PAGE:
Their gross margins are above 50% which is very healthy.
41% of their revenue is hotel revenue.
57% of their revenue is property sales.
2% is rental.
It’s reasonably well-diversified.
Even pre-pandemic, hotel revenue was only 64% of revenue, so still well diversified.
Will business normalise post-pandemic?
Common sense says it should, but it might take longer than one expects. Overall it’s a resilient business which is profitable and margins are healthy.
The history and current ownership
This is quite an interesting story and took a while to get my head around.
Millennium Copthorne’s origins go back to a company called Euro National, run by the infamous Rod Petricivic, which went public in 1985.
The share price crashed from $8.20 to 87 cents in the 1987 crash.
Much of the tumble was due to its poor investments, one of which was Kupe Investments, which it owned 47.5% of.
In 1992, a Singapore hotel conglomerate called CDL Hotels Intl took over Euro National, merged its NZ hotel operations into the company, and renamed the company Millennium Copthorne NZ (MCK) in 2006.
When they took over Euro National, they also got Kupe, since Euro National owned Kupe. Kupe was renamed to CDL Investments NZ, which is now a property development company listed on the NZX, and Millennium Copthorne owns 66%.
So, this is how we got to today, with MCK as a hotel company, owning 66% of CDI.
But who owns MCK?
75.82% of it is owned by Millennium and Copthorne Hotels Limited.
(note this is a different company to Millennium and Copthorne Hotels New Zealand Limited, which is the stock we’re looking at).
And who owns Millennium & Copthorne Hotels Limited?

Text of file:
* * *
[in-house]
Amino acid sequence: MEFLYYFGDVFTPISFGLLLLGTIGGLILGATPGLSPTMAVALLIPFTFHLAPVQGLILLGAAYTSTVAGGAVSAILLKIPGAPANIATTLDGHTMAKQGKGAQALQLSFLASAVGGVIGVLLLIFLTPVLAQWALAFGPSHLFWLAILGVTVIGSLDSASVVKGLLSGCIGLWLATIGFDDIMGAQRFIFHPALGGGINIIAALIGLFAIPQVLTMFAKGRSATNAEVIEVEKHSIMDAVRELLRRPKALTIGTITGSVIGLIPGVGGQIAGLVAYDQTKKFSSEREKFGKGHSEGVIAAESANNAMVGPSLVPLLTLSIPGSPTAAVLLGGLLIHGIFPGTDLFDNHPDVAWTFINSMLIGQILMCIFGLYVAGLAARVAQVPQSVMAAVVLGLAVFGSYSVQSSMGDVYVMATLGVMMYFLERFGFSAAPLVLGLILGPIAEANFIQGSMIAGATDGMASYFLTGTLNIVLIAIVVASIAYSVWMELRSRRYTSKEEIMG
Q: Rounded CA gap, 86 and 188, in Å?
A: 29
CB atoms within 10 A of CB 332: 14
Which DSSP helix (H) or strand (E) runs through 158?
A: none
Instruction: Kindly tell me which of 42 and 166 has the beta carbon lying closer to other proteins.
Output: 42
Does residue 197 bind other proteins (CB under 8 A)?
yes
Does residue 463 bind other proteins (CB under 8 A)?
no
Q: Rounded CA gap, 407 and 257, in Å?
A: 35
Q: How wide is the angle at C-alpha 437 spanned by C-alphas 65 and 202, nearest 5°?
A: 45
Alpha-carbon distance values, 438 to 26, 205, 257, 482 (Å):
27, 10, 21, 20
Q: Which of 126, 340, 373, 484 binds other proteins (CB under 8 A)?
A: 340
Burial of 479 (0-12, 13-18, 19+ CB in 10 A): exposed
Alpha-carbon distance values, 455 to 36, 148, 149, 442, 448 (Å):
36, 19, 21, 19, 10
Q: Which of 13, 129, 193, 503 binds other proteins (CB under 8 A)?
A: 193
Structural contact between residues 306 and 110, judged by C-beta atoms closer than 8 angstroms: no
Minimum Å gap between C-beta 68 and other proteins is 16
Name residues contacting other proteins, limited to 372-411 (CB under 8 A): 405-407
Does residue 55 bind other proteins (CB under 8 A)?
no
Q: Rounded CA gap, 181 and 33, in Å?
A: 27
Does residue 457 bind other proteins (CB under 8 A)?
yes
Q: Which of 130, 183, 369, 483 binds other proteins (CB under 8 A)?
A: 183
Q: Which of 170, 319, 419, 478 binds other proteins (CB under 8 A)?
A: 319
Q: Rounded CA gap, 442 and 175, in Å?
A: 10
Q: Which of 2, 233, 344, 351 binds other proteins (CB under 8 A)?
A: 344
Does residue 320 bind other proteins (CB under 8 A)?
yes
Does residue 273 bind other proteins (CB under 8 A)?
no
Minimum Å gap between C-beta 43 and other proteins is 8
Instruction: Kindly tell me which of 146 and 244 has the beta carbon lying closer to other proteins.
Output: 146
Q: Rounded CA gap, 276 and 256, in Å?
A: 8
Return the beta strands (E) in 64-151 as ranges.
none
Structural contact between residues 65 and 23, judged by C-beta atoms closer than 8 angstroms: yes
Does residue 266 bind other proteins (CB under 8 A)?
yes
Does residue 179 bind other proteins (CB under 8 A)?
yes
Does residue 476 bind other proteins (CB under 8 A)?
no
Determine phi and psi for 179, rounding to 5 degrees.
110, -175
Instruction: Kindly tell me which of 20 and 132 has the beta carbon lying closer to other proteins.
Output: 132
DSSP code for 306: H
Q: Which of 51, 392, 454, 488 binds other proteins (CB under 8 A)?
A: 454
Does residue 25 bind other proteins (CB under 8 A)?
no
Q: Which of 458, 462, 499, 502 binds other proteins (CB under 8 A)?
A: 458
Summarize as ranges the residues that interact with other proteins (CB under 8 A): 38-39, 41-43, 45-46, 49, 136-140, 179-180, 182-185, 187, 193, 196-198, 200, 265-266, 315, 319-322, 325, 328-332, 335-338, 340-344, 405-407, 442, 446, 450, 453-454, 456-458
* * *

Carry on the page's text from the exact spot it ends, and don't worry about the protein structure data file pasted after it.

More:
They’re fully owned by a company called City Developments Limited, which is a $7 billion company listed on the Singporean stock exchange.
And who owns City Developments Limited?
It’s majority-owned by the Hong Leong conglomerate, which is basically a huge family empire based in Malaysia and Singapore, run by Kwek Leng Beng and Quek Leng Chan, two cousins who are also two of Asia’s richest billionaires.
So it looks like this:
CDI NZ is owned by MCK NZ.
MCK NZ is owned by MCK International.
MCK International is owned by City Developments (a Singaporean conglomerate).
City Developments is owned by Hong Leong Holdings (a Singaporean family empire).
I’ll explain why this could be important in the final section below.
My final thoughts
What attracts me to this investment is the extremely low risk of downside.
Once again, I’m much more interested in not losing money than I am in making a lot of money.
Here we have a business on sale for $347m.
However, the company has $108m in cash, so really we’re only paying $239m.
What do we get for that $239m?
We get $868m worth of properties, plus a business that generates $24m in cash per year (in a bad year).
Not to mention:
- They have no bank or interest-bearing debt, so it’s near impossible to go bankrupt.
- They are a hotel business which stayed profitable throughout one of the most devastating two years for travel in our lifetimes (covid), so we know the business is resilient.
- They pay a dividend, meaning we’re getting cash back as shareholders regularly.
- Over the last 10 years they’ve grown the stock price from 40 cents to $2.10 (and a high of $3.35), so they have shown growth potential.
I find the likelihood of losing money on this investment to be very low to almost impossible (keyword: almost).
One thing I should mention:
Of the $975m in properties (market value) we get with this investment, we saw that $567m is hotel properties.
That might look nice, but that $567m number is irrelevant in a lot of ways.
MCK isn’t planning on selling those hotel properties, so that value is likely never going to be recognised.
One advantage of them having a high market value on those properties is a source of collateral. They can borrow a large amount against the properties to fund other projects.
However, MCK doesn’t have a history of borrowing against their hotels, and haven’t mentioned any plans to start.
So even though it looks nice to be buying $567m of hotels for a fat discount, it doesn’t mean we’re about to see hundreds of millions in dividends coming down the line from property sales.